Still in the field of tourism and of cross-border vacations, a Directive protects consumers in respect of certain aspects of timeshare, long-term holiday products, resale and exchange of rights deriving from timeshare contracts [Directive 2008/122]. In good time before the consumer is bound by any contract or offer, the trader must provide the consumer, in a clear and comprehensible manner, with accurate and sufficient information concerning to object of the contract. The contract must be in writing, on paper or on another durable medium, and drawn up in the language or one of the languages of the Member State in which the consumer is resident or a national, at the choice of the consumer, provided it is an official language of the European Union. Before the conclusion of the contract, the trader must explicitly draw the consumer’s attention to the existence of the right of withdrawal. Τhe consumer must be given a period of 14 calendar days to withdraw from the contract, without giving any reason. Any advance payment, provision of guarantees, reservation of money on accounts or explicit acknowledgement of debt to the trader or to any third party by the consumer before the end of the withdrawal period, is prohibited.
The Commission has encouraged the inter-operability of all payment cards throughout the European Union through the harmonisation of electronic payment systems. It has also monitored the relationship between card holders and issuers, with a view to establishing uniform contract terms, notably as regards who is liable in the event of loss, theft, poor operation or counterfeiting, as part of the process of obtaining the inter-operability of payment cards throughout the EU [Recommendation 87/598 and Recommendation 88/590].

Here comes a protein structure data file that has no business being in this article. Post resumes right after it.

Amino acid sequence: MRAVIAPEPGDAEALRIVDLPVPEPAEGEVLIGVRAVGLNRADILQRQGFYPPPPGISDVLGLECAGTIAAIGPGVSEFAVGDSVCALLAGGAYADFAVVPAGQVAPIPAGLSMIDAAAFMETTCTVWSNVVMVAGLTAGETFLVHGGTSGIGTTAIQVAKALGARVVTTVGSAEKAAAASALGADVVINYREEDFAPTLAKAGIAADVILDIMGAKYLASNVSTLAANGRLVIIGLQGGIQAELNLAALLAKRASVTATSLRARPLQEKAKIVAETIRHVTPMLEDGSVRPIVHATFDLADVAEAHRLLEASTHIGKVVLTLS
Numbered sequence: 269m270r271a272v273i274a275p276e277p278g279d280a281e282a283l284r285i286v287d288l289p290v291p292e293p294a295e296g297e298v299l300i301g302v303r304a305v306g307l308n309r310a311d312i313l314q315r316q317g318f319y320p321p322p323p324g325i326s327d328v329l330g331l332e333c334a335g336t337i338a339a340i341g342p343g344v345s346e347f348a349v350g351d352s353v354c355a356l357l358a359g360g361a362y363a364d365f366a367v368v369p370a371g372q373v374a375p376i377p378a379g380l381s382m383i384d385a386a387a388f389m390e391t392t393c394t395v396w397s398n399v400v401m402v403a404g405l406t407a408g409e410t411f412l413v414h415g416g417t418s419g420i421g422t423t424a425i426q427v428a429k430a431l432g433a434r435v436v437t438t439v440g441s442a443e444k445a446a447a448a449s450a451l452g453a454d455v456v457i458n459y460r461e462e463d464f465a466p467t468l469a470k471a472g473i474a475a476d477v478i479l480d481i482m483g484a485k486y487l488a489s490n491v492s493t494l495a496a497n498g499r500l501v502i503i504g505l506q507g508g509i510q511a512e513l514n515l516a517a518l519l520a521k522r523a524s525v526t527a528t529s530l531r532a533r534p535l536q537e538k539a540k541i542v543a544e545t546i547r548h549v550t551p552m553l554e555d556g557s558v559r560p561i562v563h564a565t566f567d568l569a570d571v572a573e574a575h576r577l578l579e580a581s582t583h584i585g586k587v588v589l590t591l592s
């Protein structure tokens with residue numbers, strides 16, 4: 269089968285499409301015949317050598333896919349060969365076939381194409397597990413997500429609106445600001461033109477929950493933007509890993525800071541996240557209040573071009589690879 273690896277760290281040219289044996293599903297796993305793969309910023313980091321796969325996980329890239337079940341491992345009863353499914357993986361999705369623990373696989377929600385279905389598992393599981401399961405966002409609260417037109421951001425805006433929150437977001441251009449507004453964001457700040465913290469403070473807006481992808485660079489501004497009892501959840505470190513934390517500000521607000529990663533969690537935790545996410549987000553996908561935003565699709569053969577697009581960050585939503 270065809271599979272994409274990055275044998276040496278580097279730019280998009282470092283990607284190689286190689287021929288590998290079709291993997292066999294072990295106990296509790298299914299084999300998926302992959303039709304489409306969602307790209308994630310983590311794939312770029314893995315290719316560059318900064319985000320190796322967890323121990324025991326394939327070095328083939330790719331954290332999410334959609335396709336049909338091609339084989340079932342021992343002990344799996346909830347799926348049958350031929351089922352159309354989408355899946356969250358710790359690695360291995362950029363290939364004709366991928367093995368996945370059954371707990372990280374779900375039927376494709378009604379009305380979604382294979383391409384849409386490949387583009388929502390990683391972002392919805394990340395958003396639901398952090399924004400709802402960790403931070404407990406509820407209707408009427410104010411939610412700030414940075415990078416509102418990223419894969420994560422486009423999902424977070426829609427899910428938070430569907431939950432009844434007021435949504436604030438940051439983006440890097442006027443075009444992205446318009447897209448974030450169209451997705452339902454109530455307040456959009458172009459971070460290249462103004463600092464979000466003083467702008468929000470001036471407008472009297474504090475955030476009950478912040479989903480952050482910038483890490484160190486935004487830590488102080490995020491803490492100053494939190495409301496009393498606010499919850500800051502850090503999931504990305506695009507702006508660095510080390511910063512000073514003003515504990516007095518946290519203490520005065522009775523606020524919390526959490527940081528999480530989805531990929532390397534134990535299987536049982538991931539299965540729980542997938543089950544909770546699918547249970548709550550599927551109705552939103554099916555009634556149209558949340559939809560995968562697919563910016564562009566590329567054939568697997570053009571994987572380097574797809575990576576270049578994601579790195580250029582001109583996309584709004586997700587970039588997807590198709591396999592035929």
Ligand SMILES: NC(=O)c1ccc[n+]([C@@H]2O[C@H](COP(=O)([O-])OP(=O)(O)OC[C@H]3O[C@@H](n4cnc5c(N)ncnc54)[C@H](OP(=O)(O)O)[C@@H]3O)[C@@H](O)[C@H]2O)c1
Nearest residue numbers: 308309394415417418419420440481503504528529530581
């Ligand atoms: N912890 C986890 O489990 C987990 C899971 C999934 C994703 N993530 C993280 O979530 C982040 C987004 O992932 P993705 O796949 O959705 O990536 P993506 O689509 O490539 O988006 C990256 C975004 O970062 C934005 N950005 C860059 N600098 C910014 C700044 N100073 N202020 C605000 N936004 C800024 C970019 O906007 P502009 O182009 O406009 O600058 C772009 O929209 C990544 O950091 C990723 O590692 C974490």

Many Directives protect consumers while also helping remove obstacles to trade in goods and services [see section 6.2.1]. This is true notably of the Directives laying down rules on nominal quantities for prepacked products [Directive 2007/45]; and on the organic production of agricultural products and indications referring thereto on agricultural products and foodstuffs [Regulation 834/2007, last amended by Regulation 2015/931, see section 21.4.2].
All this offers a clear demonstration that citizens' interests are increasingly taken into consideration in the single market. However, consumers must also have the means to exercise and defend their rights in the European legal context, where traditional - and often costly - legal proceedings are ill-adapted to transfrontier conflicts and put off would be complainants. This is why the Council invited the Commission to assist the Member States with the networking of the national contact points, forming a European-wide extra-judicial network geared to facilitating the out-of-court settlement of cross-border disputes [Recommendation 98/257 and Recommendation 2001/310]. A Directive on injunctions for the consumers' interests encourages consumer representatives to bring injunctions against unlawful commercial practices where European law as it stands is infringed in one Member State to the detriment of consumers in another Member State [Directive 2009/22, last amended by Directive 2013/11]. Such unlawful practices may arise, in particular, from misleading advertising, distance selling or consumer credit.